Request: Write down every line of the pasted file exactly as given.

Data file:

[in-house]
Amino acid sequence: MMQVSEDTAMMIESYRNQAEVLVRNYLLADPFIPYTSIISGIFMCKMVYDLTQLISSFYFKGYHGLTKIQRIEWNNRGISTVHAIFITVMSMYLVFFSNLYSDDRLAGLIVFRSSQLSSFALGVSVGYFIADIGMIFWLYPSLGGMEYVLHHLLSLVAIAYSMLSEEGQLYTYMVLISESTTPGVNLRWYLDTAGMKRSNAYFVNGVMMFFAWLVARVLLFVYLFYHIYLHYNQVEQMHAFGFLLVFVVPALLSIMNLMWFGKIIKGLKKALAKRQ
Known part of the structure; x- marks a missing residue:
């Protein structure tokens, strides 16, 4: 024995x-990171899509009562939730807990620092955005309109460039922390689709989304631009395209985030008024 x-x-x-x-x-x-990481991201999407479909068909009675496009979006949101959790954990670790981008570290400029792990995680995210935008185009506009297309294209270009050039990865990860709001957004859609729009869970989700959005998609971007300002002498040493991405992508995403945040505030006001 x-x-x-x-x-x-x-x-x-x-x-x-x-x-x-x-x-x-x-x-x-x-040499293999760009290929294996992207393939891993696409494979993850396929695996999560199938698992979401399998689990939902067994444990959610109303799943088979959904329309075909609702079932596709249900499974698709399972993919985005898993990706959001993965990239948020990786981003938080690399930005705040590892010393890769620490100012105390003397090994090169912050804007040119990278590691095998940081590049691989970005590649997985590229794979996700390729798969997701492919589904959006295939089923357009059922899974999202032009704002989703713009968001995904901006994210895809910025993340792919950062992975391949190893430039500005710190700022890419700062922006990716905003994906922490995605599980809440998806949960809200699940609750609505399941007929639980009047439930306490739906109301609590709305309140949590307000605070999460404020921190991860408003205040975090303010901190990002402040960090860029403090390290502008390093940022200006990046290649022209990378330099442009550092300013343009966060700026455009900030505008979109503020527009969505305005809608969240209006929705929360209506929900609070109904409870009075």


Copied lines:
[in-house]
Amino acid sequence: MMQVSEDTAMMIESYRNQAEVLVRNYLLADPFIPYTSIISGIFMCKMVYDLTQLISSFYFKGYHGLTKIQRIEWNNRGISTVHAIFITVMSMYLVFFSNLYSDDRLAGLIVFRSSQLSSFALGVSVGYFIADIGMIFWLYPSLGGMEYVLHHLLSLVAIAYSMLSEEGQLYTYMVLISESTTPGVNLRWYLDTAGMKRSNAYFVNGVMMFFAWLVARVLLFVYLFYHIYLHYNQVEQMHAFGFLLVFVVPALLSIMNLMWFGKIIKGLKKALAKRQ
Known part of the structure; x- marks a missing residue:
């Protein structure tokens, strides 16, 4: 024995x-990171899509009562939730807990620092955005309109460039922390689709989304631009395209985030008024 x-x-x-x-x-x-990481991201999407479909068909009675496009979006949101959790954990670790981008570290400029792990995680995210935008185009506009297309294209270009050039990865990860709001957004859609729009869970989700959005998609971007300002002498040493991405992508995403945040505030006001 x-x-x-x-x-x-x-x-x-x-x-x-x-x-x-x-x-x-x-x-x-x-040499293999760009290929294996992207393939891993696409494979993850396929695996999560199938698992979401399998689990939902067994444990959610109303799943088979959904329309075909609702079932596709249900499974698709399972993919985005898993990706959001993965990239948020990786981003938080690399930005705040590892010393890769620490100012105390003397090994090169912050804007040119990278590691095998940081590049691989970005590649997985590229794979996700390729798969997701492919589904959006295939089923357009059922899974999202032009704002989703713009968001995904901006994210895809910025993340792919950062992975391949190893430039500005710190700022890419700062922006990716905003994906922490995605599980809440998806949960809200699940609750609505399941007929639980009047439930306490739906109301609590709305309140949590307000605070999460404020921190991860408003205040975090303010901190990002402040960090860029403090390290502008390093940022200006990046290649022209990378330099442009550092300013343009966060700026455009900030505008979109503020527009969505305005809608969240209006929705929360209506929900609070109904409870009075």